Diuretic pill could be potential treatment for Alzheimer’s, scientists say

A commonly prescribed water pill could potentially be repurposed as a possible Alzheimer’s disease treatment for some people who are genetically at risk, scientists have said.

Researchers have called for more studies to find out whether a common diuretic could be used as an Alzheimer’s treatment after a range of studies suggested a protective effect.

Diuretics, also called water pills, are drugs which increase the amount of water and salt expelled from the body as urine.

One, bumetanide, has been outlined as a potential treatment candidate for some people who are genetically predisposed to Alzheimer’s in a new study published in the journal, Nature Ageing.

A team of researchers from across the US found that those who took bumetanide had a significantly lower prevalence of Alzheimer’s compared to those who are not taking the drug.

Experts analysed information from databases of brain tissue samples and drugs approved by the US Food and Drug Administration (FDA), performed mouse and human cell experiments, and explored human population studies.

Dr Richard Hodes, director of the National Institute on Aging in the US, said: “Though further tests and clinical trials are needed, this research underscores the value of big data-driven tactics combined with more traditional scientific approaches to identify existing FDA-approved drugs as candidates for drug repurposing to treat Alzheimer’s disease.”

Researchers analysed data derived from 213 brain tissue samples and looked at the levels to which genes are turned on or off for a gene called APOE4 – which has already been linked to late-onset Alzheimer’s.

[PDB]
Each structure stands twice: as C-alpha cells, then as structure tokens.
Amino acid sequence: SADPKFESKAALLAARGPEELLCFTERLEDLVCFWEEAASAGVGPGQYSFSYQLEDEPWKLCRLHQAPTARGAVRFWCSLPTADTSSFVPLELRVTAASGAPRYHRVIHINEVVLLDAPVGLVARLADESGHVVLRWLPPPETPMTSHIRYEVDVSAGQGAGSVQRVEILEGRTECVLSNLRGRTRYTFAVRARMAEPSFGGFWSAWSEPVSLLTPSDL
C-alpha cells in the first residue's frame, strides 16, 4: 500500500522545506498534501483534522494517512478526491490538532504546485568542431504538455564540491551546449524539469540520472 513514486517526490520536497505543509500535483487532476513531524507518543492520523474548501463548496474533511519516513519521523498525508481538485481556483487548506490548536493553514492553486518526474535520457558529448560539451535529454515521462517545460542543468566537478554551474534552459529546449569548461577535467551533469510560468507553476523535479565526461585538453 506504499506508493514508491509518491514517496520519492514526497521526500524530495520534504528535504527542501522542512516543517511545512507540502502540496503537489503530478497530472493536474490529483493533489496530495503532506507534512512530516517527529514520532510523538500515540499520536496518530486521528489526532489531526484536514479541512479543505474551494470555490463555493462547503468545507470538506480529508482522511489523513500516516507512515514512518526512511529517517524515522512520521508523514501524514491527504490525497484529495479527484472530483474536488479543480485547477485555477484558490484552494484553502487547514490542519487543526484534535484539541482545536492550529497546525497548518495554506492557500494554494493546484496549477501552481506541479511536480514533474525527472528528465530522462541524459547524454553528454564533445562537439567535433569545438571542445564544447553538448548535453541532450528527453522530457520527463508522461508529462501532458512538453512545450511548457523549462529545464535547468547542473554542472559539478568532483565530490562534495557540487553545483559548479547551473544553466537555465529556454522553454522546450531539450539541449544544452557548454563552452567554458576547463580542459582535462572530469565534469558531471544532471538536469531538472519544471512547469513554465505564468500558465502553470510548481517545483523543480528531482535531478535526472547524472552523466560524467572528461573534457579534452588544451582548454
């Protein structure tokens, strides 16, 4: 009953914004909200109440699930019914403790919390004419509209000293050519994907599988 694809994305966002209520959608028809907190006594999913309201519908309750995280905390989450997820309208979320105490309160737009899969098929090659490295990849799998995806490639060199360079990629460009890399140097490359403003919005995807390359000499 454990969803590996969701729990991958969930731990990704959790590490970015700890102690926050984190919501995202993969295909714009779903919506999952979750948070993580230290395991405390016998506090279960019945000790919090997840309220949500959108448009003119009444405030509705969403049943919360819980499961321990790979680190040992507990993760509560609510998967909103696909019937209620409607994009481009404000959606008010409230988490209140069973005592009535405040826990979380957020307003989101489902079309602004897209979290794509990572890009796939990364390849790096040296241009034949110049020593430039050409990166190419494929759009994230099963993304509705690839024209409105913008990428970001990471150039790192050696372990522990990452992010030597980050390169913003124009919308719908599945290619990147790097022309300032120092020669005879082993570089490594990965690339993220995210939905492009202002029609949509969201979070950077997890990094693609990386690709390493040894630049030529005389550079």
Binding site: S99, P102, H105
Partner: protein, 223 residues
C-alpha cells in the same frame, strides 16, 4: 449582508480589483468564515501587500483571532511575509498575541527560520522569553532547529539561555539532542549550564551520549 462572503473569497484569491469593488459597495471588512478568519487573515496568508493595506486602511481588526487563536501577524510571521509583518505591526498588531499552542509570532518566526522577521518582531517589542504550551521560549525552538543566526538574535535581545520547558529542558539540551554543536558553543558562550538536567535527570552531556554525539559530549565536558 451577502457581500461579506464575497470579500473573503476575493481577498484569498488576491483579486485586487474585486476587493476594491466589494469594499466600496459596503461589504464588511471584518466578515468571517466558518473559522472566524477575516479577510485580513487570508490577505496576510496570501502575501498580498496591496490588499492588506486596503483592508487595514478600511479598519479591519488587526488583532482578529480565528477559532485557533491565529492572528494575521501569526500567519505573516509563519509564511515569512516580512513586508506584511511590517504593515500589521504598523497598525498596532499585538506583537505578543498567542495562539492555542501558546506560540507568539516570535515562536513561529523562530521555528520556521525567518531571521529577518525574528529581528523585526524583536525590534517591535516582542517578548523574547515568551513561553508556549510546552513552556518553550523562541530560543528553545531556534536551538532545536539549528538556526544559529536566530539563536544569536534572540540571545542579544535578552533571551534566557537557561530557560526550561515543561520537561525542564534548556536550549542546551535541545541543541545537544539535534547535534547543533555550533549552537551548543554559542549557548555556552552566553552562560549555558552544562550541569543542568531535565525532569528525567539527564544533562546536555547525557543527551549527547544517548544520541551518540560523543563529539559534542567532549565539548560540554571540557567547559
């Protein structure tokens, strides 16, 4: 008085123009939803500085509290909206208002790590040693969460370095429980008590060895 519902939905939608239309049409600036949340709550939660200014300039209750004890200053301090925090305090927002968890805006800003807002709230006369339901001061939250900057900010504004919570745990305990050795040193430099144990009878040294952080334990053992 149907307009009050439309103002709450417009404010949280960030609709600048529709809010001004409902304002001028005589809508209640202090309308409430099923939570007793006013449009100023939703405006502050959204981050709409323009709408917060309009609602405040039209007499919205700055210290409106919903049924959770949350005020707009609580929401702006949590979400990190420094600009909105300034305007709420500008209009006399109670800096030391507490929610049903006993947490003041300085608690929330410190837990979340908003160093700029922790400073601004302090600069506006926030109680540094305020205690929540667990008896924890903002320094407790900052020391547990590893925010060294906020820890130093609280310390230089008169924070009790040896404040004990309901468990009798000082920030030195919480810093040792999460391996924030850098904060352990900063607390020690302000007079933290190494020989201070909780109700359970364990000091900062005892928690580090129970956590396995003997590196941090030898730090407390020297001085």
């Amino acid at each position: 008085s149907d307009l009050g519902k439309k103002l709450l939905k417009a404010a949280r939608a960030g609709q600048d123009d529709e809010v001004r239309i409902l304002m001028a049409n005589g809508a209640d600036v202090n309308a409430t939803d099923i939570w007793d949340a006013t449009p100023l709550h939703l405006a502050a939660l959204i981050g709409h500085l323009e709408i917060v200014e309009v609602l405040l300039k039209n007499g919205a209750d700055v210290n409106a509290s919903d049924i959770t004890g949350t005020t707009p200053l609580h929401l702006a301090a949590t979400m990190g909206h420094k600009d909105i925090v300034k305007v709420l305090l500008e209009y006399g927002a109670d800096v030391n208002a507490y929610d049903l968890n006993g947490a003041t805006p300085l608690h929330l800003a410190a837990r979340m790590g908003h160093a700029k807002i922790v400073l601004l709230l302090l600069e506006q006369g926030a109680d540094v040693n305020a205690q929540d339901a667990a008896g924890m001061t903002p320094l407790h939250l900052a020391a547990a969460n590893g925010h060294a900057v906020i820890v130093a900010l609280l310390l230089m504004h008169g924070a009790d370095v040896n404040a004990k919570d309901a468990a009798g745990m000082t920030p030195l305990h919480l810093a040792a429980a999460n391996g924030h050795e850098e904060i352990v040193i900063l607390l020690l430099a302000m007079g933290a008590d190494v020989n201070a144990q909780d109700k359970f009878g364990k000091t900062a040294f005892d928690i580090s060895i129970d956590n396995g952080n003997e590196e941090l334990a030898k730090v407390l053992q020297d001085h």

Then they compared these “gene expression signatures” to those of more than 1,300 known FDA-approved drugs.

Five drugs emerged with a gene expression signature that the researchers believed might help “neutralise” the disease, with bumetanide outlined as the strongest potential candidate.

It is used to treat heart failure and the build-up of fluid in the body – also known as oedema.

The researchers found that treating mice which expressed the human APOE4 gene with the diuretic reduced learning and memory deficits.

The finding was repeated in human cell-models.

The team then assessed the data on five million people – adults over 65 who took bumetanide compared to those who did not.

The analysis showed that those who had the genetic risk and took bumetanide had a 35% to 75% lower prevalence of Alzheimer’s disease compared to those not taking the drug.

Dr Jean Yuan, drug development program director in the NIA Division of Neuroscience, said: “We know that Alzheimer’s disease will likely require specific types of treatments, perhaps multiple therapies, including some that may target an individual’s unique genetic and disease characteristics — much like cancer treatments that are available today.

“The data in this paper make a good case to conduct a proof-of-concept trial of bumetanide in people with genetic risk.”